3. The damage done to roads & bridges by any vehicle is proportional to the quality of the original construction of those roads & bridges. One of the challenges of this construction is doing it without major disruption to existing traffic using the infrastructure. People have little patience and expect work to be completed almost immediately – it doesn’t always happen that way. The public pressure to minimize disruption influences the quality of work.

    Now, that said, capable oversight of the construction is another matter. After observing a CT-DOT project at the end of my street over the Summer & Fall, and after having some interaction with the state-hired people overseeing the work, I have limited confidence in their ability to provide quality oversight AND keep up with the myriad of paperwork/documentation required by the CT-DOT.

    We CAN build for long-term durability – but it doesn’t happen instantly. Too often quality is affected by a desire to appease the masses as well as their political leaders.

  4. very interesting article. so what does the american trucking association recommend to fund the transportation program proposed by the governor?

    1. While I’m not involved with trucking, I do have a suggestion: let’s start with not diverting revenue that was SUPPOSED to fund transportation into the General Fund.

  5. I pretty much agree with all the article says EXCEPT for the claim that a 80000 pound truck does the same or less damage to a road then a 5000 pound car or truck.
    Thats just not possible!
    If you want to claim that the total number of cars and light trucks in total does more damage in comparison I would believe that.

    1. Roads and highways are designed for the heaviest vehicle anticipated to use them on a regular basis, so interstate roads would not have issues. The problem is many roads are not designed in this manner to save money and time (for the motoring public) and yes, these roads can be damaged by all types of traffic as the structural base of the road is not sufficient to support the design vehicle. Additionally, many of our roads are damaged because of inadequate drainage under them, when the gravel base becomes saturated, it allows the pavement to move up and down slightly when a vehicle drives over it. The more this occurs, the weaker the pavement layer becomes, it begins to crack and fall apart with even car traffic. When you see the top layer of pavement removed and then replaced, this is solely a cosmetic fix to the road, so everyone sees a nice, shiny and smooth road, but the underlying issues are rarely fixed. If the big issues were fixed properly (it would be more expensive upfront), there would be less maintenance required by DOT and long term costs would be less and the road would hold up for a much longer time. Look at I-84 around exit 9 to 10 eastbound, they milled the surface this summer, repaved the base layer to level the surface, then went and cut out spots of the pavement and replaced with concrete (original road was concrete according to DOT worker), but the finish course of pavement has not been put down (asphalt plants close about now), so this condition will exist into the spring. Water and chlorides from deicing agents will affect the structural integrity of the concrete and it is likely these areas will need further fixing in the spring at an additional cost.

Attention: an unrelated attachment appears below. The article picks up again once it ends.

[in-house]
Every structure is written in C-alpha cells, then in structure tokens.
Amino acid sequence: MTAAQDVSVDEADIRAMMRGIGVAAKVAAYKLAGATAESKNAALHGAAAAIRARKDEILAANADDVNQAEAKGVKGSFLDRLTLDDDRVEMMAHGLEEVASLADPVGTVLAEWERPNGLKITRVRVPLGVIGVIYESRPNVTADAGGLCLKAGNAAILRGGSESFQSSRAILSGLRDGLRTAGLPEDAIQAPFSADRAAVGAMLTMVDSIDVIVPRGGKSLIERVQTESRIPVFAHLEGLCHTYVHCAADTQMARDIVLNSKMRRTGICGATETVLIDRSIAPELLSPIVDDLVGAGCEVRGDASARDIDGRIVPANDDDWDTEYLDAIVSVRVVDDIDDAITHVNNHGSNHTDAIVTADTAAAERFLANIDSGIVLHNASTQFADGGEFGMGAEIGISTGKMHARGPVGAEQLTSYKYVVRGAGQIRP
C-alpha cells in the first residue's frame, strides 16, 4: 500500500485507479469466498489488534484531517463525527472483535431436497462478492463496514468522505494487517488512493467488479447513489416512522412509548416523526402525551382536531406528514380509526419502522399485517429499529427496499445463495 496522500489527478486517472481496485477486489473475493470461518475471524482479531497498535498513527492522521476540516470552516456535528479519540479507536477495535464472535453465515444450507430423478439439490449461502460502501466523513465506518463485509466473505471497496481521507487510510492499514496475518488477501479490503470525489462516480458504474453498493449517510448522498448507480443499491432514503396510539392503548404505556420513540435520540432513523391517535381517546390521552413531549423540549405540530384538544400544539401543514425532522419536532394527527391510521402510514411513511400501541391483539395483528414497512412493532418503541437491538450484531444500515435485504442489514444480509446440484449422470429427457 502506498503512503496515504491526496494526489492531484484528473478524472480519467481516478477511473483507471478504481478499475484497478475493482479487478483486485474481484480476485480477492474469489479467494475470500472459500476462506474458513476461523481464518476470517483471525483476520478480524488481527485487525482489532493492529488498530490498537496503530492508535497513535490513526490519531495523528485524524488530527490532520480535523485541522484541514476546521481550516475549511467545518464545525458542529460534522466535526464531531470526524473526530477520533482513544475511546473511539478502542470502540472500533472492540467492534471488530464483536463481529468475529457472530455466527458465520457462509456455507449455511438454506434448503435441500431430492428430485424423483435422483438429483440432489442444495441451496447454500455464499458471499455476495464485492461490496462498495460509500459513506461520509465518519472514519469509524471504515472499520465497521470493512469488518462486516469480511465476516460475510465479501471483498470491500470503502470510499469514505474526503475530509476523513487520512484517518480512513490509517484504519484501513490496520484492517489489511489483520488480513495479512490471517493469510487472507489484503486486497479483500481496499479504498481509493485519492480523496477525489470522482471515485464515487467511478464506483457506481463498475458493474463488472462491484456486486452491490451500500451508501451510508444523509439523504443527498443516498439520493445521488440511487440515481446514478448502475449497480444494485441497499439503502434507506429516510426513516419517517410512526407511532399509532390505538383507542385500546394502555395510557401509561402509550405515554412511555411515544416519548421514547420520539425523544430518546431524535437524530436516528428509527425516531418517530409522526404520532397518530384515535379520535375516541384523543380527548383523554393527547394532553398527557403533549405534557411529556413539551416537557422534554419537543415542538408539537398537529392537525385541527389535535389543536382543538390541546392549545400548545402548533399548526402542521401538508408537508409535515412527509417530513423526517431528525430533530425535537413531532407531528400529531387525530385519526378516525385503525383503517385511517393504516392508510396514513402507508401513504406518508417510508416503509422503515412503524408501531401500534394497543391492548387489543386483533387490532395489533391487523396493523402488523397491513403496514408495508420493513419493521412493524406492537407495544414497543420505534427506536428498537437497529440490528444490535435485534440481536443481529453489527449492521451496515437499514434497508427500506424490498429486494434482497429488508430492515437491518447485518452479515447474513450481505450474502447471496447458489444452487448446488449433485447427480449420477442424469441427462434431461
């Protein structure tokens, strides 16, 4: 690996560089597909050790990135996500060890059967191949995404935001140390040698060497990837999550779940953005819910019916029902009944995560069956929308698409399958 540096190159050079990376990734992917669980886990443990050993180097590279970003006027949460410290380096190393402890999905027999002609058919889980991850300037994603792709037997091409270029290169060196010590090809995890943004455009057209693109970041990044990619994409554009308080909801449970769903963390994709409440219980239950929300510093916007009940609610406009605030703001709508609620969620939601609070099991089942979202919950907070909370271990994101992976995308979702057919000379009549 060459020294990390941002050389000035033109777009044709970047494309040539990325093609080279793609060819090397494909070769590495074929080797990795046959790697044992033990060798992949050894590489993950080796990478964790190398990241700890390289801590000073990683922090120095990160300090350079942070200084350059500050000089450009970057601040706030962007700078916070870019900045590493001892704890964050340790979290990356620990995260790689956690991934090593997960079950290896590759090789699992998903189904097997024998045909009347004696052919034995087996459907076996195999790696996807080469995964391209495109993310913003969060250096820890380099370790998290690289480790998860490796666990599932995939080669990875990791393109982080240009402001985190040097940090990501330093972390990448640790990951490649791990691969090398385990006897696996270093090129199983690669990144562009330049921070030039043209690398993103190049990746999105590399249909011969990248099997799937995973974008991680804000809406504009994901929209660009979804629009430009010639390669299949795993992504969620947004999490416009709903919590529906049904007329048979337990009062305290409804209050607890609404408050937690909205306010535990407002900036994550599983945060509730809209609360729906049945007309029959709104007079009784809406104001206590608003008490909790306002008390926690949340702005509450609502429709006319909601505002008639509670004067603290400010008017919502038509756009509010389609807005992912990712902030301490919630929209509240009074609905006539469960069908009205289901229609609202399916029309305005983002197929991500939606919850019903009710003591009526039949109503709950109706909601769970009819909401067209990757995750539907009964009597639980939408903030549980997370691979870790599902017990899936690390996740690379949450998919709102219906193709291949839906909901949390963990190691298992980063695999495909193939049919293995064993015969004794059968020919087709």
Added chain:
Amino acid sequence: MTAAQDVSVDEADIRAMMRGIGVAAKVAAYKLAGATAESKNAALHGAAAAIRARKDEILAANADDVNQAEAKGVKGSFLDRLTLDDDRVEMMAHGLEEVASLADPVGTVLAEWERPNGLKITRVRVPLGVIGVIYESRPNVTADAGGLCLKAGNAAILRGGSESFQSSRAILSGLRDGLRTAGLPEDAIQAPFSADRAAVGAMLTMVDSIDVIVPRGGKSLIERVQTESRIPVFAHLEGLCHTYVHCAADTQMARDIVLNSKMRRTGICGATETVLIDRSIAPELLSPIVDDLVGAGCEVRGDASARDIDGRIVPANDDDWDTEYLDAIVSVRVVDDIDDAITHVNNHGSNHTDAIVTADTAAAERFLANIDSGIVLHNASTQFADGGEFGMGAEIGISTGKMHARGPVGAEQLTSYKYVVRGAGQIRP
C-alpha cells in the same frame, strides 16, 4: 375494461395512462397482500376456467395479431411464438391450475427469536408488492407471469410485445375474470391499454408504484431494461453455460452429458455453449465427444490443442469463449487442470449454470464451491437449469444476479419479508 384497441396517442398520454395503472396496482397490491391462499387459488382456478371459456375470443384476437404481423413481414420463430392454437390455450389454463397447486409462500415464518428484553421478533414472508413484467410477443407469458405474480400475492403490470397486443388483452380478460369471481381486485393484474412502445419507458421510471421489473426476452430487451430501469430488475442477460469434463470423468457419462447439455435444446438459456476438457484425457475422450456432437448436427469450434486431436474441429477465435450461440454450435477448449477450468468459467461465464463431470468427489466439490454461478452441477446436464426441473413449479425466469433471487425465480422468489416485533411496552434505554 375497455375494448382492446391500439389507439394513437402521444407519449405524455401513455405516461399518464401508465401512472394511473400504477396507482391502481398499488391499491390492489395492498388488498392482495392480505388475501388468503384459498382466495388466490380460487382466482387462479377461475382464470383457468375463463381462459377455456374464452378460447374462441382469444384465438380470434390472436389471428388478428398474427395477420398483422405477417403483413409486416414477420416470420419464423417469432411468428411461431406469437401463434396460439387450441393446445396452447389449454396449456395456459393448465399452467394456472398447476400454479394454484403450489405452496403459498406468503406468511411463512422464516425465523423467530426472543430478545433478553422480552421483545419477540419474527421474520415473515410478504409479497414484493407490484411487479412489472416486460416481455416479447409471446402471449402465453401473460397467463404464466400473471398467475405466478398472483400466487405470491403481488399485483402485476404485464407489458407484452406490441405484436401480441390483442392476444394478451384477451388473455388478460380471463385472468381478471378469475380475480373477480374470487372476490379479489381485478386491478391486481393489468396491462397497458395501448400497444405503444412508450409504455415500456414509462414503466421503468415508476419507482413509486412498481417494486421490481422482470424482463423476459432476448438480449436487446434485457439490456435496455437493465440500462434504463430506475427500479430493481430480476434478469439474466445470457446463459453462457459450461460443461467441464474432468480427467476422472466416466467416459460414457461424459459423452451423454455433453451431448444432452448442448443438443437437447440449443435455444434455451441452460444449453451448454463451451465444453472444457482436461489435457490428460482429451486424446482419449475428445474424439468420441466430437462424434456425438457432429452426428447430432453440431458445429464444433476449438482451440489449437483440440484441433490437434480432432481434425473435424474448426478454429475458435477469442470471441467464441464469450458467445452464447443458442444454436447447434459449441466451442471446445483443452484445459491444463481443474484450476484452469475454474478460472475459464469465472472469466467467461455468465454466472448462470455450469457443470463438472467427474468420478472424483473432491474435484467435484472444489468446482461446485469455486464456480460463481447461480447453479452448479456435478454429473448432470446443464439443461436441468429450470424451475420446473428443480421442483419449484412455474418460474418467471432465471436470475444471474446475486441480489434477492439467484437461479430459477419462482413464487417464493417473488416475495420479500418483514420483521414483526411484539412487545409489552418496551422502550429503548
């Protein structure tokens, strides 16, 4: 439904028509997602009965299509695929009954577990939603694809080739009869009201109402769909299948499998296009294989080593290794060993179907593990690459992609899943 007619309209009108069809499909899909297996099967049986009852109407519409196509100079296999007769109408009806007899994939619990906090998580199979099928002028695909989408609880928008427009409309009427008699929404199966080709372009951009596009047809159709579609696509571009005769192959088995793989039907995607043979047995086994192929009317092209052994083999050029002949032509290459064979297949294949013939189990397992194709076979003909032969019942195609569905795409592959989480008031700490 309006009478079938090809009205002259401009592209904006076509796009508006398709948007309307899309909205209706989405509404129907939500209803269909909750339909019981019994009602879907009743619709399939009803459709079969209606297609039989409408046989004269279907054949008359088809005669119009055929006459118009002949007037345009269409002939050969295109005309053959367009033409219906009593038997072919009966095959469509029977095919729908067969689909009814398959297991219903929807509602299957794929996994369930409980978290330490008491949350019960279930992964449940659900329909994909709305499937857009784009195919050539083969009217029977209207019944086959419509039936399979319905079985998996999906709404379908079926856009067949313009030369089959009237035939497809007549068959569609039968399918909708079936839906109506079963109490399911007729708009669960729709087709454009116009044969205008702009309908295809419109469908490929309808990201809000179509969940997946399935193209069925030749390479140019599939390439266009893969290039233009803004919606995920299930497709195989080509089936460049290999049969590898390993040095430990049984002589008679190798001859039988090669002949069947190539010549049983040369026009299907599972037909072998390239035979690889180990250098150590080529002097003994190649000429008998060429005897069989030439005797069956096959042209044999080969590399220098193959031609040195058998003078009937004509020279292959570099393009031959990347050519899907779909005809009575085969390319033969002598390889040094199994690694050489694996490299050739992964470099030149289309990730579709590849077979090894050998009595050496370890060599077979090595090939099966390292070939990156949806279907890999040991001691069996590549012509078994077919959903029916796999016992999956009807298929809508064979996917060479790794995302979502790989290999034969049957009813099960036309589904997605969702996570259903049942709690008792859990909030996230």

1. Hi Steven, we welcome your comments but please note that our guidelines require that comments be limited to 1,000 characters. We will not be able to approve comments that exceed that limit going forward.

    2. I’ve read the article several times and I did not find where the author made a “claim that a 80000 pound truck does the same or less damage to a road then a 5000 pound car or truck”. He does cite the National Academy of Sciences’ statement about “prevalent misconceptions” that trucks (plural) do more damage than passenger cars (plural), which was in response to prevalent falsehoods that trucks do “80% of the damage” to roads. There are indeed many more cars and light trucks on our roads than there are tractor trailers. So I think he was in fact making the comparison you say you could believe. And don’t forget, that 5000 pound car or truck has two axles and four tires. The weight of an 80000 pound (if/when fully loaded) big rig is spread out over multiple axles and 18 wheels.

  6. STop using the money that is allocated for the transportation fund elsewhere. Cut spending. We do not have a revenue problem, we have a spending problem.

  7. Is there anyone gullible enough to fall for “we will only toll trucks, I promise”? Of course not. The Democratic legislators scoff at the “slippery slope” argument as if it’s ridiculous. But what’s ridiculous is the argument for truck-only tolls, and here’s why: Candidate Lamont, “We will toll trucks only, and we’ll have 81 gantries.” Governor Lamont, “Oops, my bad, trucks-only tolling won’t work, it won’t bring in enough money. We have to toll everybody, but 52 gantries.” Governor Lamont, “We are going to toll trucks only, at 14 bridges only.” And if the truckers win their lawsuit in Rhode Island federal court? Will Connecticut remove the toll gantries at those 14 bridges? If anyone believes that, I have a bridge to sell you.

  8. Thanks, some good points that I did not know. Out-of-state truckers are a “soft” target. They are few and they don’t vote (in Connecticut anyway), so it is the tyranny of the majority at work.

    The real issue is that we have a spending problem not a revenue problem. We have one of the most generous welfare programs in the contiguous USA and our state employees are paid up to 46% more than comparable private sector employees.

    If we simply brought the salaries and benefits of our state employees down to reasonable levels we would be able to keep our roads and bridges as good as our neighbors and still have no need for tolls. And if we tried to take some people off of welfare instead of focusing on “making poverty comfortable” there would’t be a pothole in the state.